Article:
At the operating level, integration is driven by product concepts and standards, aligned processes, and interfaced IT systems. Customers demand a coherent offering, which requires the same broad product concepts and standards to be used across the common platform. Aligned processes and flexible reliable IT interfaces enable this by making effective and efficient network management possible. While local processes have to be tailored to support local offerings, common standards across the network ensure the seamless flow of goods.

At the management level, alignment of governance mechanisms is a key enabler of successful integrations. Contracts with collaboration partners underpin the network and are undoubtedly the most critical governance mechanism as they summarize all critical factors. A prudent approach to forming a collaborative network is to gradually upgrade contracts as partnerships evolve and strengthen. Beginning with a “lighter” collaboration agreement (for example some sort of agency or service arrangement), and then eventually progressing through to a fully-fledged franchise contract minimizes risks and ensures, the suitability of partners can be thoroughly assessed before they become fully entrenched in the network. Participations cement the relationship. Road maps attached to the contracts serve as useful reference points for the discussion amongst the partners.

 

Which is the better model: collaboration or sole ownership?

The case can be made for either of the two network models.

The sole ownership model clearly has the advantage of robustness, as well maximizing profits since they do not need to be shared between various partners. While the model is very rigid, it allows for a clear global standard – one company, one brand, one offer – suiting those who believe in a high level of standardization. Through its tendency towards central command and control, the ownership model usually provides greater confidence to shareholders, management and employees and enables the faster implementation of new ideas and concepts, policies and procedures, processes and systems. However, this often comes at the cost of high investments in assets and ramp-up phases.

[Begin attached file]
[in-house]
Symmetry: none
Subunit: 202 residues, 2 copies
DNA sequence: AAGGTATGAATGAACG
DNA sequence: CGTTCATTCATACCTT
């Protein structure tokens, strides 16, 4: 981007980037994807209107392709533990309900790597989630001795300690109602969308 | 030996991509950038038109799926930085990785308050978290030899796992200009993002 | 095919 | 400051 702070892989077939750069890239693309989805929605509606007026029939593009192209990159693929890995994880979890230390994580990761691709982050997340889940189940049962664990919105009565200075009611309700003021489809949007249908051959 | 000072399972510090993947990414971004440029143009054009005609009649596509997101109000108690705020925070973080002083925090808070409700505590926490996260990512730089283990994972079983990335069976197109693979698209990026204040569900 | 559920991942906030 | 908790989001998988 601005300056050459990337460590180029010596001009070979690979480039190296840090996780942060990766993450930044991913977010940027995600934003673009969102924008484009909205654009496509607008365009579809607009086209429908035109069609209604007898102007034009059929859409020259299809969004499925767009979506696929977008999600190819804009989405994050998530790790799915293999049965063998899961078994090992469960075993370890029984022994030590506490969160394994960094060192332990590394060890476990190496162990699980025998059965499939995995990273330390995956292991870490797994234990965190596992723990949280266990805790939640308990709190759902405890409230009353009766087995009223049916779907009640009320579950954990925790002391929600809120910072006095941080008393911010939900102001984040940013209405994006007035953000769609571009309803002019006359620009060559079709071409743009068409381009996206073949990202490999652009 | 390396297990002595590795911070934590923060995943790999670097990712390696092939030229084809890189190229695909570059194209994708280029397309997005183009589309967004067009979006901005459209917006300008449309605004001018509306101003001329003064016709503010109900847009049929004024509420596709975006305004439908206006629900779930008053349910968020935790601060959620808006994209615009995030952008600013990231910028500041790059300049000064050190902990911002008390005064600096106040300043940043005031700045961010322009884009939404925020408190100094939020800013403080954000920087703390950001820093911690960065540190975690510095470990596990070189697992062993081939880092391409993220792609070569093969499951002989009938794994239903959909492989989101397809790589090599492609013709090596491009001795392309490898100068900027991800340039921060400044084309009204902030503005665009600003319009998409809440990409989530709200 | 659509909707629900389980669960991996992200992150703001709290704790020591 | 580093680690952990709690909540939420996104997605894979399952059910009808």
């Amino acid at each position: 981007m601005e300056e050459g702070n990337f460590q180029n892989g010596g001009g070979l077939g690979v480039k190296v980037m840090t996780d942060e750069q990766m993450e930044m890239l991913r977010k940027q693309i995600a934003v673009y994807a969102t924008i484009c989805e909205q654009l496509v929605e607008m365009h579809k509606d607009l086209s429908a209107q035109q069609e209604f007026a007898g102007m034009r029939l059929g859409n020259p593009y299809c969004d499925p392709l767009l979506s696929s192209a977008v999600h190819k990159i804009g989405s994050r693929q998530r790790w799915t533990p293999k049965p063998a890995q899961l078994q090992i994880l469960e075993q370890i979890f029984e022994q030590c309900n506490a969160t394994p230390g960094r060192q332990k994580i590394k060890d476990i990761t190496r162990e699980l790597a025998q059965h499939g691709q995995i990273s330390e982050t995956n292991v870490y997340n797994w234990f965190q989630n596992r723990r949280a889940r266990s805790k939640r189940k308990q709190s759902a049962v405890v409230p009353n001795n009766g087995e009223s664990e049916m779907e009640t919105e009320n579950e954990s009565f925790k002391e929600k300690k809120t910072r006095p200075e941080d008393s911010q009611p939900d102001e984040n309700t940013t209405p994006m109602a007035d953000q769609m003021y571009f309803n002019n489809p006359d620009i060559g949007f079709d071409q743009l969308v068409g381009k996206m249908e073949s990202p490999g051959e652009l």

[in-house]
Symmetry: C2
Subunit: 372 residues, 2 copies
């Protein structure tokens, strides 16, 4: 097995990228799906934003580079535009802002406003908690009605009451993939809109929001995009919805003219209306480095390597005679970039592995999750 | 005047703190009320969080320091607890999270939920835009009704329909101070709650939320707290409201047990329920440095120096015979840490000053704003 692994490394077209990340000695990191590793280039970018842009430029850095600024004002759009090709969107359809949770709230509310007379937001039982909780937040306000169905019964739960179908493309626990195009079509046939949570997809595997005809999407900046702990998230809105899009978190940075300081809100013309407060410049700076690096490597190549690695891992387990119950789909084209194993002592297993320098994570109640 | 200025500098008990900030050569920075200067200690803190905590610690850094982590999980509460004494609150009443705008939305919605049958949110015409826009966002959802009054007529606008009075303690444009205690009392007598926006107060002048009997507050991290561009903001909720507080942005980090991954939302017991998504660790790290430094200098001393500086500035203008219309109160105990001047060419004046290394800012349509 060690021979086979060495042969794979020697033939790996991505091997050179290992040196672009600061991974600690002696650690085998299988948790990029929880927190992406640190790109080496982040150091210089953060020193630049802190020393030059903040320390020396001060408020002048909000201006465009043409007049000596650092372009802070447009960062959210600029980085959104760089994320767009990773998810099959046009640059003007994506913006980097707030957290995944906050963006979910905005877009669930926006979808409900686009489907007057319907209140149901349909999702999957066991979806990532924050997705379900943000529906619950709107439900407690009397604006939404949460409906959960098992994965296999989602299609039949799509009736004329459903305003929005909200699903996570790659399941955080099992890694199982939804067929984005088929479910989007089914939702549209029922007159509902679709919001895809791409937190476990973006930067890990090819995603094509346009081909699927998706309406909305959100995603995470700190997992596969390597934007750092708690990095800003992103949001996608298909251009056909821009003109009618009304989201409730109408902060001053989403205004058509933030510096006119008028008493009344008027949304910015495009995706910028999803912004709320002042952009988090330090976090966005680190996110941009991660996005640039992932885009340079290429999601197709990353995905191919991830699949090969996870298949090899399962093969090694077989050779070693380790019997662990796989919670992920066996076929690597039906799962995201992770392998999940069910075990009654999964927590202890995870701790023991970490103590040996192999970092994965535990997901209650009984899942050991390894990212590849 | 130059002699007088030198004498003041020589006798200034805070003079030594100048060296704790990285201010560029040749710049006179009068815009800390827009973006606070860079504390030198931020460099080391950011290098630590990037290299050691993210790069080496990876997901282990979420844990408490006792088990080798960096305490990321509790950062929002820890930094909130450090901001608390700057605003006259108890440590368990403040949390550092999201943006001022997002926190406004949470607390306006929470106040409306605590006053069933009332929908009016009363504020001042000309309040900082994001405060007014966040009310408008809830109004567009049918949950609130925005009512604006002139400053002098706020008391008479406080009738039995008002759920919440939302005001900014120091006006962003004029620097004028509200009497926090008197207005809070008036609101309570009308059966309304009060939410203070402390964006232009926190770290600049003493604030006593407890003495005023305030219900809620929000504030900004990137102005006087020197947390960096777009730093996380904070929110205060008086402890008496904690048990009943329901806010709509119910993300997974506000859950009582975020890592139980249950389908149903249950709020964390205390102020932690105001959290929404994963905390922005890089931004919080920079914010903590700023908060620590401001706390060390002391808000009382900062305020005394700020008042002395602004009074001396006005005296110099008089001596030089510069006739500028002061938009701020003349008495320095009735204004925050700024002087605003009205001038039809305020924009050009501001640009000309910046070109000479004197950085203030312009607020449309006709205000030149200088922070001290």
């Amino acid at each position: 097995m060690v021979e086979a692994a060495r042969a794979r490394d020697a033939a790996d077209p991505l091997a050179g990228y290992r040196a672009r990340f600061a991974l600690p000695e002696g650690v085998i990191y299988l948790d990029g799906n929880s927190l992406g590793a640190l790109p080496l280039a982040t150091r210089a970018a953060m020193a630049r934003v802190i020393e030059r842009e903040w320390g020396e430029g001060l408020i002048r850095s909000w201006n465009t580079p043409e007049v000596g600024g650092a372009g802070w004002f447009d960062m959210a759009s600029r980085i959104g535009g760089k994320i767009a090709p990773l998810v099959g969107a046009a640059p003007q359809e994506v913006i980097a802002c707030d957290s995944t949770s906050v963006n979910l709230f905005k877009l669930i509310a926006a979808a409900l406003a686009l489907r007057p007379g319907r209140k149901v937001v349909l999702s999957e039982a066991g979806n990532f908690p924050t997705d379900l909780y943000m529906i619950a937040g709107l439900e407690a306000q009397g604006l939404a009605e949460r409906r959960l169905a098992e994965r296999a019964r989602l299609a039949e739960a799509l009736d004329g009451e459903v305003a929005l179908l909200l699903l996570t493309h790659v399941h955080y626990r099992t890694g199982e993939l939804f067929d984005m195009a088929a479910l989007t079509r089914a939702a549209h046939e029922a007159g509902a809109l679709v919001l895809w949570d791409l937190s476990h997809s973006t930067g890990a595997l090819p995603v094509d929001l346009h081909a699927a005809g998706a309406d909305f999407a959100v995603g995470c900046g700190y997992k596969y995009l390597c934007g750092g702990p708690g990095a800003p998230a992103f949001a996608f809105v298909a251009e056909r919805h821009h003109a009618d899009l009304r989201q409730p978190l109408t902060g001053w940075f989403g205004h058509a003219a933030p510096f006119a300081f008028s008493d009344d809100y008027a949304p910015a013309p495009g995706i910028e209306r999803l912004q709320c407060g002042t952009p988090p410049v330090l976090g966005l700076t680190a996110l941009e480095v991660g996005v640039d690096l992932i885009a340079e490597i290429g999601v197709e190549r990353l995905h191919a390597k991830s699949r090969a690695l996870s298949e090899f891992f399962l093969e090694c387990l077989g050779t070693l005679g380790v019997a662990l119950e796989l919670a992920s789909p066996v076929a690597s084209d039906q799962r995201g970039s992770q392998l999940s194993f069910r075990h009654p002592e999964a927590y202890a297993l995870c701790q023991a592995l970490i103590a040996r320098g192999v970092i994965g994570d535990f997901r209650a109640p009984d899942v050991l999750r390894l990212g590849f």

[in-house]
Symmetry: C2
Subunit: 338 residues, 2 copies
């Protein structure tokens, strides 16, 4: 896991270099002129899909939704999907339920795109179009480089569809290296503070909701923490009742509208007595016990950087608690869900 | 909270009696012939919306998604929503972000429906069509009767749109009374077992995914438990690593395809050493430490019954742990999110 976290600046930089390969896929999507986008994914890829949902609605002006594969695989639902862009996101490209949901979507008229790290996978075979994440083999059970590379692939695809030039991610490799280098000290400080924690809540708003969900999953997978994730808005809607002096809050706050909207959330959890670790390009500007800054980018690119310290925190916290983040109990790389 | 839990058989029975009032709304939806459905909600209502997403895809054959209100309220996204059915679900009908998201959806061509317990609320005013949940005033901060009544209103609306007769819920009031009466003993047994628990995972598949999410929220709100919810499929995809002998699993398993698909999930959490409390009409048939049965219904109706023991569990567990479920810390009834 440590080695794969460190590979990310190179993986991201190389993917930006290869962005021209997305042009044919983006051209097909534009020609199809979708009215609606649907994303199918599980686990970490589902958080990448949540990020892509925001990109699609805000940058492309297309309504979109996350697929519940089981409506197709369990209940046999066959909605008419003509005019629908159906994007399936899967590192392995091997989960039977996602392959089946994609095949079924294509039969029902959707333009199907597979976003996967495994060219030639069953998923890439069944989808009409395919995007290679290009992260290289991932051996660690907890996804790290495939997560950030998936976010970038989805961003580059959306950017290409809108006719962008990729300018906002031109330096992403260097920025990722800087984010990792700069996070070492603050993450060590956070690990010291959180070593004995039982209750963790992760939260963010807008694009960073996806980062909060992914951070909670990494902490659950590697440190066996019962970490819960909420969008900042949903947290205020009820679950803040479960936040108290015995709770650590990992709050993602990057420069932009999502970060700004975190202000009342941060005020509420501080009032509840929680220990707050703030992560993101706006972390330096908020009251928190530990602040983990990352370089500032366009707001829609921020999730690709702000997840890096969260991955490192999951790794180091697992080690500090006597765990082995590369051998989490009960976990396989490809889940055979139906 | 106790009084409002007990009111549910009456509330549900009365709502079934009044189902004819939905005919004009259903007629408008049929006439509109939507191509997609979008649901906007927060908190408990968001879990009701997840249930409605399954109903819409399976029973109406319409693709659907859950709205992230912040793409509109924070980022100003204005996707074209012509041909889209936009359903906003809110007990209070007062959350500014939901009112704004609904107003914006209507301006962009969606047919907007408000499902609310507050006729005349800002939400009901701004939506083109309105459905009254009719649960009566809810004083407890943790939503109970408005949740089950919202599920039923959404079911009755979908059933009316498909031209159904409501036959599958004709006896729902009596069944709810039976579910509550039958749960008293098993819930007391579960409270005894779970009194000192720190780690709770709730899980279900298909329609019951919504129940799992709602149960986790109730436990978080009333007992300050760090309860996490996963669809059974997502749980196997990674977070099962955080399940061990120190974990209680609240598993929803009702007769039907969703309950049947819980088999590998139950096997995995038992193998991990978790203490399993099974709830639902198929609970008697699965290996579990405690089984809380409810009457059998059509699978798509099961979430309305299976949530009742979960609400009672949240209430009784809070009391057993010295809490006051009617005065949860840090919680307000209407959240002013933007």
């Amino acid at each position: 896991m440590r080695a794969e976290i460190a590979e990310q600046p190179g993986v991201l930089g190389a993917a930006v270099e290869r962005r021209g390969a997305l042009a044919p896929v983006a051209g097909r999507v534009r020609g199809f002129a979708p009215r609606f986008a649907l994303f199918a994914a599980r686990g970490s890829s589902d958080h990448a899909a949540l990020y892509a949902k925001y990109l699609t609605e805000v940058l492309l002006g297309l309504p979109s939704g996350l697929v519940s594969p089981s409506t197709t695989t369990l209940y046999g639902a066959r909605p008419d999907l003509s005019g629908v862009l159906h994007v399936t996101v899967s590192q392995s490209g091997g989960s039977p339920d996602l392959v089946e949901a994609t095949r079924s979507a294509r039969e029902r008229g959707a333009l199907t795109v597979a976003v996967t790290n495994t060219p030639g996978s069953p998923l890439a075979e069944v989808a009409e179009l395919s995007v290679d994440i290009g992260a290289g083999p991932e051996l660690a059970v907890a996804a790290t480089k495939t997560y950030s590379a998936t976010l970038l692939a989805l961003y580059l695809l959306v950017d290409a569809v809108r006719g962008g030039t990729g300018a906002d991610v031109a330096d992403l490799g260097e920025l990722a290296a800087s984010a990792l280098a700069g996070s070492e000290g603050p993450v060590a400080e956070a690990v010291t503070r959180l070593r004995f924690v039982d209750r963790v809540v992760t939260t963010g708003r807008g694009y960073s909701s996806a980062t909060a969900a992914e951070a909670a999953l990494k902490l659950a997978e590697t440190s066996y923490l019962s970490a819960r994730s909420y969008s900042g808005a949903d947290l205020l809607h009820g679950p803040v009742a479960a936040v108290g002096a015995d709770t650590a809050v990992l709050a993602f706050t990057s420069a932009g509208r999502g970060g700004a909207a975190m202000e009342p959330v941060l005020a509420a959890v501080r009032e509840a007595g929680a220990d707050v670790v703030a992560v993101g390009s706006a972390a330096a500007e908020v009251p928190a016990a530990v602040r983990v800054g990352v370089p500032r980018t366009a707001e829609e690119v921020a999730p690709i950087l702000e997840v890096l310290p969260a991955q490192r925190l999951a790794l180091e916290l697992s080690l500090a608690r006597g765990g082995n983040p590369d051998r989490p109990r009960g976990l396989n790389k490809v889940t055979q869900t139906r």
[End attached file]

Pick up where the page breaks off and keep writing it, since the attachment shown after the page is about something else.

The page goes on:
The collaborative model, on the other hand, enables each partner to focus on their core activities and strengths. Although profits are split amongst numerous partners, collaborative models enable expansion beyond financial and knowledge barriers of individual companies, through shared investments, expertise and risks. While decision making and implementation of new ideas may be slower, due to the numerous partners involved, this is offset by the natural tendency for collaborative networks to allow for greater operating flexibly and tailoring to the needs of local markets and customers. Instant reach is possible when fully-fledged operations are connected. However, this comes at the cost of less cohesion.

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In summary, while the sole ownership model is a very effective and coherent way of running a business, applying the collaborative partnership concept to a supply chain eco-system and logistics value chain is a smart and responsible way to run a business as existing capacity is combined and used – in fact, the collaborative culture promotes the creation of value beyond the organization, for partners and customers alike.